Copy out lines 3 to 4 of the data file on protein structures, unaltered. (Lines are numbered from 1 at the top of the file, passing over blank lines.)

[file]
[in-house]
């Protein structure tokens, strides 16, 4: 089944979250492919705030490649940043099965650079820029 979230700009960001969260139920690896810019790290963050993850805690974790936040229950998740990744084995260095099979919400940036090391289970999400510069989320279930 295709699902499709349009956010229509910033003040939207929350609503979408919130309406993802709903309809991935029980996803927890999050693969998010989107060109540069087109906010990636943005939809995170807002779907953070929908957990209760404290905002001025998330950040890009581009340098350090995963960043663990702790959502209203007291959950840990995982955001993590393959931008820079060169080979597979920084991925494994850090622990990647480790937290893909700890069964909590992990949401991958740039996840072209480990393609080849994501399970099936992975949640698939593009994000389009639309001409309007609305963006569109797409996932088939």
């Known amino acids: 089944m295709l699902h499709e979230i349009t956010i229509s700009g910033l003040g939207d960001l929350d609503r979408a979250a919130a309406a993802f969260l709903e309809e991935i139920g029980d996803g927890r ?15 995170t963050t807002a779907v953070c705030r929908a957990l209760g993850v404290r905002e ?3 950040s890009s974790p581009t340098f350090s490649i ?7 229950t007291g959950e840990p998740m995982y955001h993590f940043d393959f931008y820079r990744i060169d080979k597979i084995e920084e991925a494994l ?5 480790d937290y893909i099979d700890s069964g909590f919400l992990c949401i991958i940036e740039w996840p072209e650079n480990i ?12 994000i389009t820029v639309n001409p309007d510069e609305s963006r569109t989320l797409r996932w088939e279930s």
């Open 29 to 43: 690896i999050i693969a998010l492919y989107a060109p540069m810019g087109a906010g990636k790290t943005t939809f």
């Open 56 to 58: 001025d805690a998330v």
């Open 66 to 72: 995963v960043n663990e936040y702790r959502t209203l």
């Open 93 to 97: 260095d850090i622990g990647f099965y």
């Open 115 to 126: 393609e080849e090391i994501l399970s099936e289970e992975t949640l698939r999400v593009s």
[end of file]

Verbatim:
């Known amino acids: 089944m295709l699902h499709e979230i349009t956010i229509s700009g910033l003040g939207d960001l929350d609503r979408a979250a919130a309406a993802f969260l709903e309809e991935i139920g029980d996803g927890r ?15 995170t963050t807002a779907v953070c705030r929908a957990l209760g993850v404290r905002e ?3 950040s890009s974790p581009t340098f350090s490649i ?7 229950t007291g959950e840990p998740m995982y955001h993590f940043d393959f931008y820079r990744i060169d080979k597979i084995e920084e991925a494994l ?5 480790d937290y893909i099979d700890s069964g909590f919400l992990c949401i991958i940036e740039w996840p072209e650079n480990i ?12 994000i389009t820029v639309n001409p309007d510069e609305s963006r569109t989320l797409r996932w088939e279930s």
């Open 29 to 43: 690896i999050i693969a998010l492919y989107a060109p540069m810019g087109a906010g990636k790290t943005t939809f």